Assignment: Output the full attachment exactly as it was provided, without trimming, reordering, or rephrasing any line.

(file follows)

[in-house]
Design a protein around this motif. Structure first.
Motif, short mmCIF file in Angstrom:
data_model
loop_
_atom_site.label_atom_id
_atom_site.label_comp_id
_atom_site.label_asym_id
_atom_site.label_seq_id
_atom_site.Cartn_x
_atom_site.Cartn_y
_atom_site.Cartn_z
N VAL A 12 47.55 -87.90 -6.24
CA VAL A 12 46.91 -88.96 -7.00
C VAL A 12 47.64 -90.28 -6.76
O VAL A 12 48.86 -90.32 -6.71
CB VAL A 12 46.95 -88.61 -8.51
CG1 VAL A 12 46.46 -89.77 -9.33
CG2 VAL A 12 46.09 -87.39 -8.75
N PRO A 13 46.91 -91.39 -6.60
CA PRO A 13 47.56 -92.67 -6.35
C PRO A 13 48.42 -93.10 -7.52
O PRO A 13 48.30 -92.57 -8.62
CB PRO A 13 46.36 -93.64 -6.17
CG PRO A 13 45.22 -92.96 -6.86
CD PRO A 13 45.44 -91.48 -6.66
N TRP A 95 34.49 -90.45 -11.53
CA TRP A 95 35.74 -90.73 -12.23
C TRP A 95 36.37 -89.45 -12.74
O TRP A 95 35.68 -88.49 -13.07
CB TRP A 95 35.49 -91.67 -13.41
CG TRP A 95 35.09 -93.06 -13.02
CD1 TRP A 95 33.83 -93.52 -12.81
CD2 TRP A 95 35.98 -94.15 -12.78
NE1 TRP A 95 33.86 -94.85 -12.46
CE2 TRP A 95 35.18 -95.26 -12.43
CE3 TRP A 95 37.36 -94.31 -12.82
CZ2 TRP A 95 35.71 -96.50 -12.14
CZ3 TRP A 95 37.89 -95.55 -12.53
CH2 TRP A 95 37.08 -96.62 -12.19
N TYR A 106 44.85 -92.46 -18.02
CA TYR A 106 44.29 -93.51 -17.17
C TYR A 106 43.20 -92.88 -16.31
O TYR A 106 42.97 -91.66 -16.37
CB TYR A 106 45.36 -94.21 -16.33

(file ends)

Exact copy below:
[in-house]
Design a protein around this motif. Structure first.
Motif, short mmCIF file in Angstrom:
data_model
loop_
_atom_site.label_atom_id
_atom_site.label_comp_id
_atom_site.label_asym_id
_atom_site.label_seq_id
_atom_site.Cartn_x
_atom_site.Cartn_y
_atom_site.Cartn_z
N VAL A 12 47.55 -87.90 -6.24
CA VAL A 12 46.91 -88.96 -7.00
C VAL A 12 47.64 -90.28 -6.76
O VAL A 12 48.86 -90.32 -6.71
CB VAL A 12 46.95 -88.61 -8.51
CG1 VAL A 12 46.46 -89.77 -9.33
CG2 VAL A 12 46.09 -87.39 -8.75
N PRO A 13 46.91 -91.39 -6.60
CA PRO A 13 47.56 -92.67 -6.35
C PRO A 13 48.42 -93.10 -7.52
O PRO A 13 48.30 -92.57 -8.62
CB PRO A 13 46.36 -93.64 -6.17
CG PRO A 13 45.22 -92.96 -6.86
CD PRO A 13 45.44 -91.48 -6.66
N TRP A 95 34.49 -90.45 -11.53
CA TRP A 95 35.74 -90.73 -12.23
C TRP A 95 36.37 -89.45 -12.74
O TRP A 95 35.68 -88.49 -13.07
CB TRP A 95 35.49 -91.67 -13.41
CG TRP A 95 35.09 -93.06 -13.02
CD1 TRP A 95 33.83 -93.52 -12.81
CD2 TRP A 95 35.98 -94.15 -12.78
NE1 TRP A 95 33.86 -94.85 -12.46
CE2 TRP A 95 35.18 -95.26 -12.43
CE3 TRP A 95 37.36 -94.31 -12.82
CZ2 TRP A 95 35.71 -96.50 -12.14
CZ3 TRP A 95 37.89 -95.55 -12.53
CH2 TRP A 95 37.08 -96.62 -12.19
N TYR A 106 44.85 -92.46 -18.02
CA TYR A 106 44.29 -93.51 -17.17
C TYR A 106 43.20 -92.88 -16.31
O TYR A 106 42.97 -91.66 -16.37
CB TYR A 106 45.36 -94.21 -16.33